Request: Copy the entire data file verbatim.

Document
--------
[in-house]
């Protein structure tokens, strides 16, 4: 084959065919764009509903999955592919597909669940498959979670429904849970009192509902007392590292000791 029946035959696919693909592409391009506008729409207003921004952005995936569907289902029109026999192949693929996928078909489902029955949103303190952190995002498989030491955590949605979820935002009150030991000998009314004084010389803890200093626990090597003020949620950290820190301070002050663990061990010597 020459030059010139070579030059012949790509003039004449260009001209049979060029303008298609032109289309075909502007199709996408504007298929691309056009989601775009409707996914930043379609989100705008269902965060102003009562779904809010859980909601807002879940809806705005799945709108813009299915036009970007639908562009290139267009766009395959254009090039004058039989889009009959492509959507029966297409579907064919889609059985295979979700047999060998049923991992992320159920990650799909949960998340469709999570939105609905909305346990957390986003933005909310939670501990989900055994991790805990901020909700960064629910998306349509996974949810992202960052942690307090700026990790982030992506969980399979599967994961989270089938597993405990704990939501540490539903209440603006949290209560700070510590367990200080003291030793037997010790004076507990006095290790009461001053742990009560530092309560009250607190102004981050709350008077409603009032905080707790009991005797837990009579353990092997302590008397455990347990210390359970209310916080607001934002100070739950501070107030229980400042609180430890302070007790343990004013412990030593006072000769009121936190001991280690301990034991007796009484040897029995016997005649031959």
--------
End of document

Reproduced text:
[in-house]
């Protein structure tokens, strides 16, 4: 084959065919764009509903999955592919597909669940498959979670429904849970009192509902007392590292000791 029946035959696919693909592409391009506008729409207003921004952005995936569907289902029109026999192949693929996928078909489902029955949103303190952190995002498989030491955590949605979820935002009150030991000998009314004084010389803890200093626990090597003020949620950290820190301070002050663990061990010597 020459030059010139070579030059012949790509003039004449260009001209049979060029303008298609032109289309075909502007199709996408504007298929691309056009989601775009409707996914930043379609989100705008269902965060102003009562779904809010859980909601807002879940809806705005799945709108813009299915036009970007639908562009290139267009766009395959254009090039004058039989889009009959492509959507029966297409579907064919889609059985295979979700047999060998049923991992992320159920990650799909949960998340469709999570939105609905909305346990957390986003933005909310939670501990989900055994991790805990901020909700960064629910998306349509996974949810992202960052942690307090700026990790982030992506969980399979599967994961989270089938597993405990704990939501540490539903209440603006949290209560700070510590367990200080003291030793037997010790004076507990006095290790009461001053742990009560530092309560009250607190102004981050709350008077409603009032905080707790009991005797837990009579353990092997302590008397455990347990210390359970209310916080607001934002100070739950501070107030229980400042609180430890302070007790343990004013412990030593006072000769009121936190001991280690301990034991007796009484040897029995016997005649031959």